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Ways for Canada to enhance retention of foreign students

The processing of study visas for Canada is still taking longer than expected and falls short of IRCC service requirements. The typical processing period for the Student Direct Stream (SDS) program for study visas is 20 calendar days. However, candidates must wait a lot longer to learn the outcome of their study visa application. It could take up to 4 months in some circumstances.

After beginning their classes, applicants occasionally gained clearance for study visas. Future candidates seeking study visas should be discouraged by this. More than 620,000 foreign students were enrolled at Canadian universities in 2021, according to data from Immigration, Refugees, and Citizenship Canada, and that number has risen steadily since then.

International students are stuck in an extremely complicated immigration system with no clear, speedy path to study permits or permanent residency and employment once they graduate from college, according to recent research by RBC Economics.

As a result of its aging population, Canada’s loss of global talent is one of its main worries. Other nations competing for top talents, like the United States, Australia, and the United Kingdom, are offering far quicker processing times for student visas.

Four ways to enhance the program for overseas students

On November 28, 2022, John Stackhouse, senior vice president of RBC, and Valerie Walker, president of the Business + Higher Education Roundtable (BHER), presented 4 strategies for Canada to retain international talent and stop it from leaving the country.

First, Canada has to make it easier for students to study and stay, as done by counterparts like the United States and the United Kingdom. The federal government’s decision to automate some visa renewal applications and permit overseas students to work more hours is a solid start.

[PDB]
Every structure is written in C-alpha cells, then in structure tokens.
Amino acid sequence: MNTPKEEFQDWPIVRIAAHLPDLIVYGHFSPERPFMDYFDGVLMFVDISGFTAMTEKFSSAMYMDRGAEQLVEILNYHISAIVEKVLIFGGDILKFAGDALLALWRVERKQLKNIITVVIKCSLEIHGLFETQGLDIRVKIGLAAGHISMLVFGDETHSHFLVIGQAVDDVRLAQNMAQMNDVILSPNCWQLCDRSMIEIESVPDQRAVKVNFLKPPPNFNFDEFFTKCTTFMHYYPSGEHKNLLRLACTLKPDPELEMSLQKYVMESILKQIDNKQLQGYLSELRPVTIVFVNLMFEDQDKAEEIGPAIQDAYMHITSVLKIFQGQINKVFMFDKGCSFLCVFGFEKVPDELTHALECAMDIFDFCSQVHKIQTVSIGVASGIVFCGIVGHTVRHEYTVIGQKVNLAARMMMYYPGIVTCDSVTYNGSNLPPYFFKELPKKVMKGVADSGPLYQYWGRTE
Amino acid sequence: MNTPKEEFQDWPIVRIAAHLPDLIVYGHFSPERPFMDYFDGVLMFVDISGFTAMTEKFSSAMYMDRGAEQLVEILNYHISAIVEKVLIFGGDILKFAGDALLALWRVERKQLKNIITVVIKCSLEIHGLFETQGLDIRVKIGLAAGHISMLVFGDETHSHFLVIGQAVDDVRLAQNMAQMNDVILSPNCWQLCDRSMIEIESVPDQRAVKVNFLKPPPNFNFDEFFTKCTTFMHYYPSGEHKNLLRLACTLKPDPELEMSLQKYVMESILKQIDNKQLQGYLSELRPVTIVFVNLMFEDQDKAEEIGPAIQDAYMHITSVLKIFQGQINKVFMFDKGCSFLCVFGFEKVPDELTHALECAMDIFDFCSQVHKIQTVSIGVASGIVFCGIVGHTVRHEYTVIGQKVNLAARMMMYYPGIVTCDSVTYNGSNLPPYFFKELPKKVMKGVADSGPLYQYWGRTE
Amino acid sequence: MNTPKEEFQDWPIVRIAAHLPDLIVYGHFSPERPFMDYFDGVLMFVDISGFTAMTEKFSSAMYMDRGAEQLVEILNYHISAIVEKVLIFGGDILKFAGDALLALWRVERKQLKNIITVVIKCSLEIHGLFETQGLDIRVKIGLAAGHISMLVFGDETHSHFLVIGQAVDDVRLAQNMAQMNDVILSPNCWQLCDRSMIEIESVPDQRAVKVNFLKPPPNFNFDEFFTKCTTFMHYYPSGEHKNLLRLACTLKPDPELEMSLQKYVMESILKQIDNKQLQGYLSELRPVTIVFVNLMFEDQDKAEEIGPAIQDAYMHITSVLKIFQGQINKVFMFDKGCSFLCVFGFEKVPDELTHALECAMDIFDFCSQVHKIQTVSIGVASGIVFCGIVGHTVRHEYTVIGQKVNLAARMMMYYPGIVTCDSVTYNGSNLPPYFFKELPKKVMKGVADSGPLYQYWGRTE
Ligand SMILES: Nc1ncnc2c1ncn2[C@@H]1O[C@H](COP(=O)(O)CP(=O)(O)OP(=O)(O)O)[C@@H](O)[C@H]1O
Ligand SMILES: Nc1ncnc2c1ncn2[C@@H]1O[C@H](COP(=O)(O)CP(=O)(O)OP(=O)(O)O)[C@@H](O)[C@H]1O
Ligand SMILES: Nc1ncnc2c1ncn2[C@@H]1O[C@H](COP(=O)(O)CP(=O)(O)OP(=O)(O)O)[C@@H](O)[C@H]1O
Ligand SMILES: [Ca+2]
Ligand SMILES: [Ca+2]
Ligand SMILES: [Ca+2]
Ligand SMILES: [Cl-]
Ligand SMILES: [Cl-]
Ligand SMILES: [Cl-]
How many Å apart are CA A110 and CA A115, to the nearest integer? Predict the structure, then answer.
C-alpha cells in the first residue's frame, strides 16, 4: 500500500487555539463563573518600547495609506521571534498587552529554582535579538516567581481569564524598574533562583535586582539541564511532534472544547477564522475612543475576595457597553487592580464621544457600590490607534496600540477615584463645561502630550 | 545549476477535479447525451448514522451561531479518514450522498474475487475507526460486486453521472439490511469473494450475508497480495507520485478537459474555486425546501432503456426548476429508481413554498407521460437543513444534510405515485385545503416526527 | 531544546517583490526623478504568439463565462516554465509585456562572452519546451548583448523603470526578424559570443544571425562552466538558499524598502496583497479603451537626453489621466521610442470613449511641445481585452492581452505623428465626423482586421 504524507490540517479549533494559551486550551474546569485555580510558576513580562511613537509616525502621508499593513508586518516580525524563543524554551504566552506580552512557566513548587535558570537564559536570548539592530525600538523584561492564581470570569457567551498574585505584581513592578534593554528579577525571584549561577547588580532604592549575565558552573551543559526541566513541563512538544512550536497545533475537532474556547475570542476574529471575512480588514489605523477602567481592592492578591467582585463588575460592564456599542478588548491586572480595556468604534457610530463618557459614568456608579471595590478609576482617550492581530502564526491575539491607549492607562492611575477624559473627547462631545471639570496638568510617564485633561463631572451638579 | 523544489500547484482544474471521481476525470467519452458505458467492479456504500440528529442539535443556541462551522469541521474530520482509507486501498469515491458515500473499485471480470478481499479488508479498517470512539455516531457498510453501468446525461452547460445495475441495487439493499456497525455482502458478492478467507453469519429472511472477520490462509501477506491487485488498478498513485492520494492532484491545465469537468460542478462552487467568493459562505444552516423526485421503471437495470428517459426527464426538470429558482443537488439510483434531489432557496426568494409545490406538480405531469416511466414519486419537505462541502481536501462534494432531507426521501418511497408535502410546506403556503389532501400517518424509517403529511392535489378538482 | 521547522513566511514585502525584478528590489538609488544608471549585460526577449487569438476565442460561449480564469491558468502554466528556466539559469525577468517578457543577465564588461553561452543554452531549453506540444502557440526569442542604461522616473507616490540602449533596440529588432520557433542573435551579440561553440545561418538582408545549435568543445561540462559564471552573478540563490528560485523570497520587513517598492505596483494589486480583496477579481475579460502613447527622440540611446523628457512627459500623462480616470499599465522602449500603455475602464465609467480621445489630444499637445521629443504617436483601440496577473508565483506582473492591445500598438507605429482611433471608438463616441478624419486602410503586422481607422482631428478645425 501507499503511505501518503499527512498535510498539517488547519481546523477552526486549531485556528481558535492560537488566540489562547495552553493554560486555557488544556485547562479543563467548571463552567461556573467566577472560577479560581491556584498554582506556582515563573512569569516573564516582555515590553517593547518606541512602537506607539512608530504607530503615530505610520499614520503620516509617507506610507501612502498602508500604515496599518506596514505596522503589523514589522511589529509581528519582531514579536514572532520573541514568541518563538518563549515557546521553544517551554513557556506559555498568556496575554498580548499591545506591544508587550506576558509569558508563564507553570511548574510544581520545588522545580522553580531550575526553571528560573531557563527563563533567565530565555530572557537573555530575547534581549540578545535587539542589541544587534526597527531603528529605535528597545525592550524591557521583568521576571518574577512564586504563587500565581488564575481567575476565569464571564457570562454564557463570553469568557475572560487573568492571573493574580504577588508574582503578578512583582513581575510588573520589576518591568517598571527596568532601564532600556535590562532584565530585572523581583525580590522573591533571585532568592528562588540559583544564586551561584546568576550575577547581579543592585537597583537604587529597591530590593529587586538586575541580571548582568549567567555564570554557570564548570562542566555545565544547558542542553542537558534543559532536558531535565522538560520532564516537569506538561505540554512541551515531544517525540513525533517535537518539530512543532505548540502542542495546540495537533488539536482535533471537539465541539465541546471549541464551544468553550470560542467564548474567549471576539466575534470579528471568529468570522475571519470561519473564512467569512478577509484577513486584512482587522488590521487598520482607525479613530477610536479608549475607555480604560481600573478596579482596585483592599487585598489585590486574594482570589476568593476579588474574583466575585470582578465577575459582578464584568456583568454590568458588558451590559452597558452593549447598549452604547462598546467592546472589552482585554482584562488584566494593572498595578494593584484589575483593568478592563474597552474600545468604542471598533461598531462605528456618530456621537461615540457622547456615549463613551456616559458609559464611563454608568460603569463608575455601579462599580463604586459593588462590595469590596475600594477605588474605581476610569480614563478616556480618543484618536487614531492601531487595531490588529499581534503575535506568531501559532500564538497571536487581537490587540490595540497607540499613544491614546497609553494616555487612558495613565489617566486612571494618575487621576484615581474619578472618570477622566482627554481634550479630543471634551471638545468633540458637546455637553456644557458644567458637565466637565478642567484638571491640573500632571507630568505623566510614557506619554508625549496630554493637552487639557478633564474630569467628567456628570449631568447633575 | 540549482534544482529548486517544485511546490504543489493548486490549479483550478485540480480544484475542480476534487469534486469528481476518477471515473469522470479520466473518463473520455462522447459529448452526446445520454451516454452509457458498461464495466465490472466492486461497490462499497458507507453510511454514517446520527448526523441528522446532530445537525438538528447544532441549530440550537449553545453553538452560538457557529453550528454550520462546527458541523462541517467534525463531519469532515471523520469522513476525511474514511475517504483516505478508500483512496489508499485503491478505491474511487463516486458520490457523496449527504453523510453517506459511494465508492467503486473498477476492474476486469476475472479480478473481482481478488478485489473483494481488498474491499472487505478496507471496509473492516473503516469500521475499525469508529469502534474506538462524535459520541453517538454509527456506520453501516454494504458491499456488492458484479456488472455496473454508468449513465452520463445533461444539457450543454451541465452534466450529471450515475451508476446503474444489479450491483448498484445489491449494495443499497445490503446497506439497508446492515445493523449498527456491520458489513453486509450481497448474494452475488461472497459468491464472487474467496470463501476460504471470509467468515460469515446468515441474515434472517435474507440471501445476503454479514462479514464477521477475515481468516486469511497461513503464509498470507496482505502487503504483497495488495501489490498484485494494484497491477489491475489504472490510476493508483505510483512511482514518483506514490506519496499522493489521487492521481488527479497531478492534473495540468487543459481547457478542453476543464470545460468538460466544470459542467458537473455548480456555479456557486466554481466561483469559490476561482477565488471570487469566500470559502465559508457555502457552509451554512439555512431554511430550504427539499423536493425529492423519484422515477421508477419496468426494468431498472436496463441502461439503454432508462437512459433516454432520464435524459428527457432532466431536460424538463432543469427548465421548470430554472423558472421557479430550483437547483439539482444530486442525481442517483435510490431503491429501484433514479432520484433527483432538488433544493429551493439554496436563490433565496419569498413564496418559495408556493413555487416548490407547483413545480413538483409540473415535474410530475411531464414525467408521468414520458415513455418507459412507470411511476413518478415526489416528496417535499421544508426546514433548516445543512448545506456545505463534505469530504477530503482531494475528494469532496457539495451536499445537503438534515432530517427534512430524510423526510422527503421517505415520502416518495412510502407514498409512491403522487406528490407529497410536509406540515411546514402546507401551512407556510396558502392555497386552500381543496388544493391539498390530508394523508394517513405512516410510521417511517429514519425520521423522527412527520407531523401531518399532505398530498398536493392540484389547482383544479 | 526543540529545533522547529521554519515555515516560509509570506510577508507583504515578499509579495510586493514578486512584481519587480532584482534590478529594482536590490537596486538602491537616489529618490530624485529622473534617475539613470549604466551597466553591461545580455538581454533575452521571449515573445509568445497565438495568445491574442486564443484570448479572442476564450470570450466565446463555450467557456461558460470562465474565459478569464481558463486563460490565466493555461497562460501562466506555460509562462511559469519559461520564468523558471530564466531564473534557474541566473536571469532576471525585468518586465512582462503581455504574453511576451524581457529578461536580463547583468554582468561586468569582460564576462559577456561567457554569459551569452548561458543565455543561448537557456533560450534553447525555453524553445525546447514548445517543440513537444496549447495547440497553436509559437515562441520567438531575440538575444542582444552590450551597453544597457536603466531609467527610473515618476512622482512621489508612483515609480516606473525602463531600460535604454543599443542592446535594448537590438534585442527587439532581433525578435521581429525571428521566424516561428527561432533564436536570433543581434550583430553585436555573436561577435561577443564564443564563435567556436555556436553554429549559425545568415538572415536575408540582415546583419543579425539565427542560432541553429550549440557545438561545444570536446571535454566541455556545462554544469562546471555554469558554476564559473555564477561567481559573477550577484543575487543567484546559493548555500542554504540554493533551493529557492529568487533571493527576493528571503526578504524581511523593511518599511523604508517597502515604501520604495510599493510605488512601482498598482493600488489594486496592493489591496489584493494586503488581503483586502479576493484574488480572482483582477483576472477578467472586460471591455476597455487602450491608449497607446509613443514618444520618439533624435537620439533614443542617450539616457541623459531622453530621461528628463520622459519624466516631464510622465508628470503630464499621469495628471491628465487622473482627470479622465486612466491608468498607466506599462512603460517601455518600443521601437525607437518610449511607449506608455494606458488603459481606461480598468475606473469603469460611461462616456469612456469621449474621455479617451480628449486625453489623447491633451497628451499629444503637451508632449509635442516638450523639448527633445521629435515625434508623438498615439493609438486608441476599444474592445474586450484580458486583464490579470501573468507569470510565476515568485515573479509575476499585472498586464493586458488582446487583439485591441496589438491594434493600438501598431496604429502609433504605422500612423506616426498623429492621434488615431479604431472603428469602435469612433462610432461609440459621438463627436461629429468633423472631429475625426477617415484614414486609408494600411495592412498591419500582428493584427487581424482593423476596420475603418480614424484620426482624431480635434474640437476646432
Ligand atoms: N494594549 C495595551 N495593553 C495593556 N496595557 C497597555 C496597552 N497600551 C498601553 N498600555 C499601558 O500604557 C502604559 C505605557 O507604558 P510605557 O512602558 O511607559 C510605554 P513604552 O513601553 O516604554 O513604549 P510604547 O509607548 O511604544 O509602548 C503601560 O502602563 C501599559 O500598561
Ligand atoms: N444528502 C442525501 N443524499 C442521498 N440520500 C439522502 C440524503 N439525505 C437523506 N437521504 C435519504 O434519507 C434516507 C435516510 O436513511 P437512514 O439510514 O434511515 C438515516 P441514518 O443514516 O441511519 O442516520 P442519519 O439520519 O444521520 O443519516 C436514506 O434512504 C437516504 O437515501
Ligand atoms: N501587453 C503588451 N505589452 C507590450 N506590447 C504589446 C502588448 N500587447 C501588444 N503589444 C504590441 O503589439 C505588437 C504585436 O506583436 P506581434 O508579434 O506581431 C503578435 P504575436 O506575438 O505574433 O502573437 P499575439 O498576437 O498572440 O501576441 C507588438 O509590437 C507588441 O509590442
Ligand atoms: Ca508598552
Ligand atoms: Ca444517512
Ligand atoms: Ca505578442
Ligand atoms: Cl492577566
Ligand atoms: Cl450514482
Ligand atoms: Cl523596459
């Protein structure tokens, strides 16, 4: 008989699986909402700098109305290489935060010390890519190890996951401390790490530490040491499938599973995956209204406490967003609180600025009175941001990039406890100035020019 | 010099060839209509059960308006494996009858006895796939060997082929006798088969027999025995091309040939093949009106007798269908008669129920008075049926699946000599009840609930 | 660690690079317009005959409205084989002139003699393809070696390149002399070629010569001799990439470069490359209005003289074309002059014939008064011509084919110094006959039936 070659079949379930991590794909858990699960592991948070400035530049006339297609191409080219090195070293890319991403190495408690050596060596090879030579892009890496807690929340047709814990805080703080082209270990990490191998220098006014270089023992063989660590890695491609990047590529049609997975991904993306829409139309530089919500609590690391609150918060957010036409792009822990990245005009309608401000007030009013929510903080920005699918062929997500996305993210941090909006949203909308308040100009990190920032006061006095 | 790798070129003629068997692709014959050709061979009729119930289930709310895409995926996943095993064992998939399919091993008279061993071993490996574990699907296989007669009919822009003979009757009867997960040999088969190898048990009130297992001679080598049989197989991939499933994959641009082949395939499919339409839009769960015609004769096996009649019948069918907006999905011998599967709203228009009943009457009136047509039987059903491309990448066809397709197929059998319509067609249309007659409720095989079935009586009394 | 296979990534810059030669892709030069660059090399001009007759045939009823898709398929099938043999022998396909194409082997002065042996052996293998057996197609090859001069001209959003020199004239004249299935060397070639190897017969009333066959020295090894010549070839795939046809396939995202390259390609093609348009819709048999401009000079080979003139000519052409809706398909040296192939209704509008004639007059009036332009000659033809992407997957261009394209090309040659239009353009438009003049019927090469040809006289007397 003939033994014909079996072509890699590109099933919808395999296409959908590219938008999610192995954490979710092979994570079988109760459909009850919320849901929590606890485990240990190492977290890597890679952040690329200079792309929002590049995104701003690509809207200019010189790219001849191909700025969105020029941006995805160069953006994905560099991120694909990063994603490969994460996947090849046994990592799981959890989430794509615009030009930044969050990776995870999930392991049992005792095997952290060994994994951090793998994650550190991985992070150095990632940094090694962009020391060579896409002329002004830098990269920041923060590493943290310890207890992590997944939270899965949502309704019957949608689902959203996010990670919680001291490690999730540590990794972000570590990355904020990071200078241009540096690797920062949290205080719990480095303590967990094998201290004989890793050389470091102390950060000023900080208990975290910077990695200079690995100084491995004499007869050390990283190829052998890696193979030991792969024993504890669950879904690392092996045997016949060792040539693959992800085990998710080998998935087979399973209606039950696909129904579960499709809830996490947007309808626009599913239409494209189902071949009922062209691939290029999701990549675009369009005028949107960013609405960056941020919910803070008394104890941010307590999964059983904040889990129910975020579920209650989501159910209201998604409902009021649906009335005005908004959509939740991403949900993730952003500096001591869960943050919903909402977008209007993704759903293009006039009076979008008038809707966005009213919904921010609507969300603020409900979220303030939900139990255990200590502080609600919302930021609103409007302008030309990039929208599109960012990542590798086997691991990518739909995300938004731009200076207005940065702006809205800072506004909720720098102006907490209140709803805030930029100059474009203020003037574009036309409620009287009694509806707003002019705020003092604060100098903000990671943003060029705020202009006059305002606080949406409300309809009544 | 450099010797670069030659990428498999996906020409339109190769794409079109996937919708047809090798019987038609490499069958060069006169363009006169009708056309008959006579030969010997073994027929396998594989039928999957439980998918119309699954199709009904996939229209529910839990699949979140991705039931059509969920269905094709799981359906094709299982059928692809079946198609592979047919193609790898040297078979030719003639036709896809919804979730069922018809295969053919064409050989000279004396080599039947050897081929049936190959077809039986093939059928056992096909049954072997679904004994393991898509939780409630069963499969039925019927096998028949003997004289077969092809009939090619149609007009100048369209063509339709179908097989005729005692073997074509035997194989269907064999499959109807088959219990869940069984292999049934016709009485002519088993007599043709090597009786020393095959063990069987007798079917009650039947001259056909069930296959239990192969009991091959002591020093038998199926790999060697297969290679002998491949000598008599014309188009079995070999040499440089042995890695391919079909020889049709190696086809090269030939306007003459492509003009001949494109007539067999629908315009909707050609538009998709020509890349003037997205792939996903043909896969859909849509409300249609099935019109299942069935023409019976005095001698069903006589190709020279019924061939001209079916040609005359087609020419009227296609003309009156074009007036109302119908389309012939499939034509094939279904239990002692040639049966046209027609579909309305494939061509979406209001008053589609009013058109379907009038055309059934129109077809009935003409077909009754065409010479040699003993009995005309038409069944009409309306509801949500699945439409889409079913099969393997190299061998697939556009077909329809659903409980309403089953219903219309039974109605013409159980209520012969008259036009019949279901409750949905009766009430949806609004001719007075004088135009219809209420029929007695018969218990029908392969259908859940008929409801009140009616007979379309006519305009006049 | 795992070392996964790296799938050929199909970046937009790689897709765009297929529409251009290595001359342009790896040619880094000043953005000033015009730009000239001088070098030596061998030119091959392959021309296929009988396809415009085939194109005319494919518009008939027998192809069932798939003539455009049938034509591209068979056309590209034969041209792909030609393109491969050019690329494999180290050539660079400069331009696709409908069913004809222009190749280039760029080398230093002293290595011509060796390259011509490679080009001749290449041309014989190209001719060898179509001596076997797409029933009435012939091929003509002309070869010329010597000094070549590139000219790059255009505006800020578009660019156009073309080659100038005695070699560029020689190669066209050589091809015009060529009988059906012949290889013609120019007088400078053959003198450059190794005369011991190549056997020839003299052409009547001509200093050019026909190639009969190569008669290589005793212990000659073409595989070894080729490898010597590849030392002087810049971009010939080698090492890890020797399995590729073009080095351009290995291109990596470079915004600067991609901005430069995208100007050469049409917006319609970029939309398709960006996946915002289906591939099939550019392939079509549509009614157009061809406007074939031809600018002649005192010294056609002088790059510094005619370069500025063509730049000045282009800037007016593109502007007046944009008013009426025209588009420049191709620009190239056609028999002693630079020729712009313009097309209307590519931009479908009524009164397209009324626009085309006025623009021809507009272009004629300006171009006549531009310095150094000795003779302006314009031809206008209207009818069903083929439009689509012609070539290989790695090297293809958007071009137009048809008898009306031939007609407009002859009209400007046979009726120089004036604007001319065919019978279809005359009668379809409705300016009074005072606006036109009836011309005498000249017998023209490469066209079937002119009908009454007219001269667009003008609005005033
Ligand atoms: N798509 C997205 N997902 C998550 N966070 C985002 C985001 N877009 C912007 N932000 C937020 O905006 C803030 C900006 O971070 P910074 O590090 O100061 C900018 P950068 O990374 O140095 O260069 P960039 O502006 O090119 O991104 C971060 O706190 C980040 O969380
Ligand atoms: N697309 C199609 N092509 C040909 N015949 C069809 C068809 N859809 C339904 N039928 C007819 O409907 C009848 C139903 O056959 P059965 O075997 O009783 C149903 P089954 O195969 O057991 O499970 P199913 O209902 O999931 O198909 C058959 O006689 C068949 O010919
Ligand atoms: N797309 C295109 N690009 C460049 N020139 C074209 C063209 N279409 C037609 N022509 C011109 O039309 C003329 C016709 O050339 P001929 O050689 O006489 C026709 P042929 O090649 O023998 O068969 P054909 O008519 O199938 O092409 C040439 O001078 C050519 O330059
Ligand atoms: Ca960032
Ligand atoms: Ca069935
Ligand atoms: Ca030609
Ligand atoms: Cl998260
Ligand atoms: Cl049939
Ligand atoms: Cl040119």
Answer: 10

When they can get a work or study permit from the U.K. in only a few days, the top talent in the world won’t wait months for one. Postsecondary and financial institutions can speed up the study visa application process by helping the government to verify financial assurances or educational credentials.

Second, too many students from China and India study abroad in Canada. To increase the talent pool and reduce risk, Canada must do more to attract students from South America, other Asian nations, and francophone countries.

Third, Canada should focus less on recruiting targets and more on the skills that are in demand for the country’s current and future labor markets. Alliances between employers and post-secondary schools and organizations like the Business + Higher Education Roundtable (BHER) can help firms and institutions better align hiring practices with labor market demands.

The expansion of programs pertaining to in-demand professions including those in the net-zero economy, STEM industries, and healthcare are also encouraged.

Last but not least, Canada needs to emphasize the experience of foreign students more. Provinces and towns, for instance, must spend more money on affordable housing, public transportation, and health care, particularly mental health, while students are in this nation.

Expanding the opportunities for overseas students to participate in WIL may also improve their job prospects and overall Canadian experience, according to a portion of BHER’s mandate.

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